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San Antonio

Alamo Mission

The Alamo, originally known as Mission San Antonio de Valero, is a former Roman Catholic mission and fortress compound and was the site of the Battle of the Alamo in 1836. It is now a museum in Downtown San Antonio, Texas, USA.

The compound, which originally comprised a sanctuary and surrounding buildings, was built by the Spanish Empire in the 18th century for the education of local Native Americans after their conversion to Christianity. In 1793, the mission was secularized and soon abandoned. Ten years later, it became a fortress housing the Mexican Army group the Second Flying Company of San Carlos de Parras, who likely gave the mission the name "Alamo."

Modern use:
As of 2002, the Alamo welcomed over four million visitors each year, making it one of the most popular historic sites in the United States.Visitors may tour the chapel, as well as the Long Barracks, which contains a small museum with paintings, weapons, and other artifacts from the era of the Texas Revolution.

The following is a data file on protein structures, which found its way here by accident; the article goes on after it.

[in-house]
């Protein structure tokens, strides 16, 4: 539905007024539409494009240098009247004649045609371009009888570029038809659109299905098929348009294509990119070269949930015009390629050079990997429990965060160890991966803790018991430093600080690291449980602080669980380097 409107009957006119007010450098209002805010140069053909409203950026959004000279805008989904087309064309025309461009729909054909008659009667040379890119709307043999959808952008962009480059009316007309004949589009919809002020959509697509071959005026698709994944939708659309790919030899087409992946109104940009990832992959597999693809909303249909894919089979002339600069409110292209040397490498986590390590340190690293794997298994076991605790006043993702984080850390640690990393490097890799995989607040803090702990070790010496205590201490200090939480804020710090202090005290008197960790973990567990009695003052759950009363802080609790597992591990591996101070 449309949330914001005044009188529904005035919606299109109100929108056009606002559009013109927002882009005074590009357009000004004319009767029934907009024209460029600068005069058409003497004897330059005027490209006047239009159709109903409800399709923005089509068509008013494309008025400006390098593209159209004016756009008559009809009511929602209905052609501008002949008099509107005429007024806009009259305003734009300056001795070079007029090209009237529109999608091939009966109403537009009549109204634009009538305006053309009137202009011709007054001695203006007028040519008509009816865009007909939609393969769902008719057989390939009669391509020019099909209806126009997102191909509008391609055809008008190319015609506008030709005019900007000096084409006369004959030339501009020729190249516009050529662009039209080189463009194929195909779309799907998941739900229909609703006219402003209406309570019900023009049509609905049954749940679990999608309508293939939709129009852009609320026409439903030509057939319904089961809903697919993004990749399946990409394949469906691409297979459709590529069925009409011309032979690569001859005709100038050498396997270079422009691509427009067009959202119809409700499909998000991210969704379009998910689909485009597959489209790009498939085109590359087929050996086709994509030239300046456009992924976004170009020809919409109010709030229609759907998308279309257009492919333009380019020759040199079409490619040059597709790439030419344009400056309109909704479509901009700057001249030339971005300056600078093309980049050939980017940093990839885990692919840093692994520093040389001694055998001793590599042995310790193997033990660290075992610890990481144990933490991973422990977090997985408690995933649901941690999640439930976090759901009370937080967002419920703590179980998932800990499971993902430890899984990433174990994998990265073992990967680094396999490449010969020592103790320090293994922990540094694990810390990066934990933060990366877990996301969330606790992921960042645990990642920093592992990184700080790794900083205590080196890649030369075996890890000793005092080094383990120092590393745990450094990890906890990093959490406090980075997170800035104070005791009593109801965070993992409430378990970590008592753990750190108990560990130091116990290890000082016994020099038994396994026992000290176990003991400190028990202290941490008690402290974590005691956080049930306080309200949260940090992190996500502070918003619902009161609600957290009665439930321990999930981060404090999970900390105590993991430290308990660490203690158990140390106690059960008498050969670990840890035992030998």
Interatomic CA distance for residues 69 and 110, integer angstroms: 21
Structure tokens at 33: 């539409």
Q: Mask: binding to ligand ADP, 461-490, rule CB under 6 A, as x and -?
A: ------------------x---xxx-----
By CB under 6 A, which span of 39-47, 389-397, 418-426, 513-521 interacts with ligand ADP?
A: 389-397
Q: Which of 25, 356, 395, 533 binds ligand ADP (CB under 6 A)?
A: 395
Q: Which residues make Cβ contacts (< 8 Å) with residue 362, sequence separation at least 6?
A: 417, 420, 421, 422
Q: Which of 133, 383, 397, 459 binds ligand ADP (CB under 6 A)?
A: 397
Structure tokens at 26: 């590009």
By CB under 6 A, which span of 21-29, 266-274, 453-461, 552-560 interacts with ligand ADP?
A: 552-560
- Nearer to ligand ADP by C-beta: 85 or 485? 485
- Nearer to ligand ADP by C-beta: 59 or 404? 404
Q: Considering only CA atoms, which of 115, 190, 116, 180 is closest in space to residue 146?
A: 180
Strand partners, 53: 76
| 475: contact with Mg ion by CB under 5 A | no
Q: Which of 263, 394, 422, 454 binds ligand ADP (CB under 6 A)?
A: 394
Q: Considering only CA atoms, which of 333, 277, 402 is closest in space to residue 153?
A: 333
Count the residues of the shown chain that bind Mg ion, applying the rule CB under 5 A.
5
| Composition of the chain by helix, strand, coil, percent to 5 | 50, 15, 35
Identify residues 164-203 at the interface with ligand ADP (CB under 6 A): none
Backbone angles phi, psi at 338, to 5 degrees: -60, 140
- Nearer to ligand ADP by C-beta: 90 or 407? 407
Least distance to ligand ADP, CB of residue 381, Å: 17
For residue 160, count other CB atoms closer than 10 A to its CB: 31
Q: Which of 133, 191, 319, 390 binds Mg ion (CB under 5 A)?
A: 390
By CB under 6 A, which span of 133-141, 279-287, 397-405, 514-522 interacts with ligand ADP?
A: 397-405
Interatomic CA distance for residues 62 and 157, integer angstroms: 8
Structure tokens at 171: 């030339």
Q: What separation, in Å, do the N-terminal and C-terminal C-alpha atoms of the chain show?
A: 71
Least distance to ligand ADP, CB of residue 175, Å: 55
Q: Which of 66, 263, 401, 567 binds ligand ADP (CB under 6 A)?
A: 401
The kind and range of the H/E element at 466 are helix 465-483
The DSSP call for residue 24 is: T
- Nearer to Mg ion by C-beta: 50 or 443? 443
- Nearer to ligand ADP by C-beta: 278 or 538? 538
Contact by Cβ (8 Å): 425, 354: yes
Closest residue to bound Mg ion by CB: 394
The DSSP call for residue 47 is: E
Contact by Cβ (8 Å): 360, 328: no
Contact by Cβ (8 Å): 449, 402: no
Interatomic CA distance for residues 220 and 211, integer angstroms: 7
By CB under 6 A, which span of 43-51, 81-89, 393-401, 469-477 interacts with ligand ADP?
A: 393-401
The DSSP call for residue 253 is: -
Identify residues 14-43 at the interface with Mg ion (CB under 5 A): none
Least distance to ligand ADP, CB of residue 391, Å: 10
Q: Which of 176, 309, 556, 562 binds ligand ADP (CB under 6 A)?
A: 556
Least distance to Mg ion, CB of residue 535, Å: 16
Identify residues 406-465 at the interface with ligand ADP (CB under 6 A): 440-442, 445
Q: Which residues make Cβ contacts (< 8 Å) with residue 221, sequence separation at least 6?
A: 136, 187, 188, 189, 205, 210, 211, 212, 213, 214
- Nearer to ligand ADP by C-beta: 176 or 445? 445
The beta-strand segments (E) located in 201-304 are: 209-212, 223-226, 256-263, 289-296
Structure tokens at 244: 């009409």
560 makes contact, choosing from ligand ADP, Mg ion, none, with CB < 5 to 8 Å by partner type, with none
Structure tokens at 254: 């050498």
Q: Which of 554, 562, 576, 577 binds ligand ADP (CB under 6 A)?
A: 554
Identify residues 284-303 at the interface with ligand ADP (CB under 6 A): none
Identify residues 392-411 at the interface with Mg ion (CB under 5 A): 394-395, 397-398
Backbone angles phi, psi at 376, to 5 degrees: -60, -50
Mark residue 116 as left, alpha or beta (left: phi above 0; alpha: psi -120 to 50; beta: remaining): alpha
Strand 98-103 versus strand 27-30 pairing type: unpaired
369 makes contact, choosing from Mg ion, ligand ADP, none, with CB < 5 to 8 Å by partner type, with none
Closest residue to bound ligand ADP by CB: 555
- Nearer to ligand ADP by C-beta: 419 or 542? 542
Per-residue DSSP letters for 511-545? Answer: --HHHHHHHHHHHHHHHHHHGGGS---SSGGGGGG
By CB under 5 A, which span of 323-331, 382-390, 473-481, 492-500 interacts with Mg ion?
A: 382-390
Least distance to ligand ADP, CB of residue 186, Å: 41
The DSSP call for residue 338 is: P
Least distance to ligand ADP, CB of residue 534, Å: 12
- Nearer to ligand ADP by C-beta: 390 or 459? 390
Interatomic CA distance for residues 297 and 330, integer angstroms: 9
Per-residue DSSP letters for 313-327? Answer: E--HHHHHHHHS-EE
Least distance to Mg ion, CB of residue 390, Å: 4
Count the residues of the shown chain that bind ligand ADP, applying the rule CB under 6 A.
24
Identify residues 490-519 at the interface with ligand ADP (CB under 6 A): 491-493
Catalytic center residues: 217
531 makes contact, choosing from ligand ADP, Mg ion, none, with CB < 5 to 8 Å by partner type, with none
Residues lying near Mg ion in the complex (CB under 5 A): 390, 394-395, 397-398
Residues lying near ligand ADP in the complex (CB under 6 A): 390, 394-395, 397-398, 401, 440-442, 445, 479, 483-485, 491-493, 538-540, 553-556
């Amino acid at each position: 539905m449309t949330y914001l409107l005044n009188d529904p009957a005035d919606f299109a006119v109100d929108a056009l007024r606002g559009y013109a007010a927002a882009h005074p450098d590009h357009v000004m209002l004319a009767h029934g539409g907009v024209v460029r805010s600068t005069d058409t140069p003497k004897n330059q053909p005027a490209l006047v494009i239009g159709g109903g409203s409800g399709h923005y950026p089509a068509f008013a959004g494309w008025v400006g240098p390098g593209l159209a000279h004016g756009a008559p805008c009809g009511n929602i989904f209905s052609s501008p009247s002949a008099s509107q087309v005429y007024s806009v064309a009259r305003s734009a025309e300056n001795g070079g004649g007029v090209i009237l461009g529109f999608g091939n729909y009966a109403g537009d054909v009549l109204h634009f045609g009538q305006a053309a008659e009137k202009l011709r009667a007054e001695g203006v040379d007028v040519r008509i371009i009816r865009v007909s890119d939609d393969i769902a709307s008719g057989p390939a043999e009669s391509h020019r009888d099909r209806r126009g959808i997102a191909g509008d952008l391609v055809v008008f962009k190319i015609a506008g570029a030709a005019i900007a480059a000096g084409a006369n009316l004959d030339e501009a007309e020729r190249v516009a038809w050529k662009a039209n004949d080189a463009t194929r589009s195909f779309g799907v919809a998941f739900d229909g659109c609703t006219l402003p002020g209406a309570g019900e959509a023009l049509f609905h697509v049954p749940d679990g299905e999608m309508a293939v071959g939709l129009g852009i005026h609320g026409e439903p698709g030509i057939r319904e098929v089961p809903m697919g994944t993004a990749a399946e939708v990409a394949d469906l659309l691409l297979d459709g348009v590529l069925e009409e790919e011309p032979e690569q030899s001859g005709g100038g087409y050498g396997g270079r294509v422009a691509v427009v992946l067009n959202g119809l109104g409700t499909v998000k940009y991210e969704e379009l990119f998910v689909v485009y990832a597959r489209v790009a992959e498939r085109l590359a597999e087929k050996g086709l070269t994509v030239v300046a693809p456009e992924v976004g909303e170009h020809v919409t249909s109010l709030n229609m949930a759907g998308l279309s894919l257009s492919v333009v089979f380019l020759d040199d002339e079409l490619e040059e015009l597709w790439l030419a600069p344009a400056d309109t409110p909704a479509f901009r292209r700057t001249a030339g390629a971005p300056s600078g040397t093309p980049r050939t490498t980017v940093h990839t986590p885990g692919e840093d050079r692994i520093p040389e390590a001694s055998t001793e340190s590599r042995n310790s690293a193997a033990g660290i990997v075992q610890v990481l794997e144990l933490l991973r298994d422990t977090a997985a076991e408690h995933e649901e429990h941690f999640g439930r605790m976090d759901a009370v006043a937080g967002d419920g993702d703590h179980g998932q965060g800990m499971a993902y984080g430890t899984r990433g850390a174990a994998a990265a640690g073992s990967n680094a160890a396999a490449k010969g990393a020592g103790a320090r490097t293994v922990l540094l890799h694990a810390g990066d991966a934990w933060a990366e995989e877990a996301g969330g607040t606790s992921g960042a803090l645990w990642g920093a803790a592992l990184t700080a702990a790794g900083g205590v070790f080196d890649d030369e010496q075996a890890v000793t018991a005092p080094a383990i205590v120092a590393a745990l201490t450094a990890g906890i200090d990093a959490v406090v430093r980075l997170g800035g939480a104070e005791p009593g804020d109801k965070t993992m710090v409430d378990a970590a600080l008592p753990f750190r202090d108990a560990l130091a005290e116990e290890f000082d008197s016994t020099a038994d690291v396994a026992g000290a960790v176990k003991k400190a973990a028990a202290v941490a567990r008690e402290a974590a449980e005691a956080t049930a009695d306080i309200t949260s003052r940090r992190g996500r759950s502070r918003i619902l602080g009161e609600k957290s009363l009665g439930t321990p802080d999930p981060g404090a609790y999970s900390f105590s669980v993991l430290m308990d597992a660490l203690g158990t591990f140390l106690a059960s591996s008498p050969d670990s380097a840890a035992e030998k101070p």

Additional artifacts are displayed in another complex building, alongside a large diorama that recreates the compound as it existed in 1836. A large mural, known as the Wall of History, portrays the history of the Alamo complex from its mission days to modern times.

In 2009 DRT commissioned the first land survey of the Alamo by Westar Alamo Land Surveyors, Inc. which was signed by Registered Professional Land Surveyor Jose A. Trevino in November 2009.Masons still identify with the Alamo as an important landmark in their history, particularly because many of the Alamo heroes were themselves Masons. The Grand Lodge of Texas hosts a yearly remembrance ceremony in their honor on or near Texas Independence Day.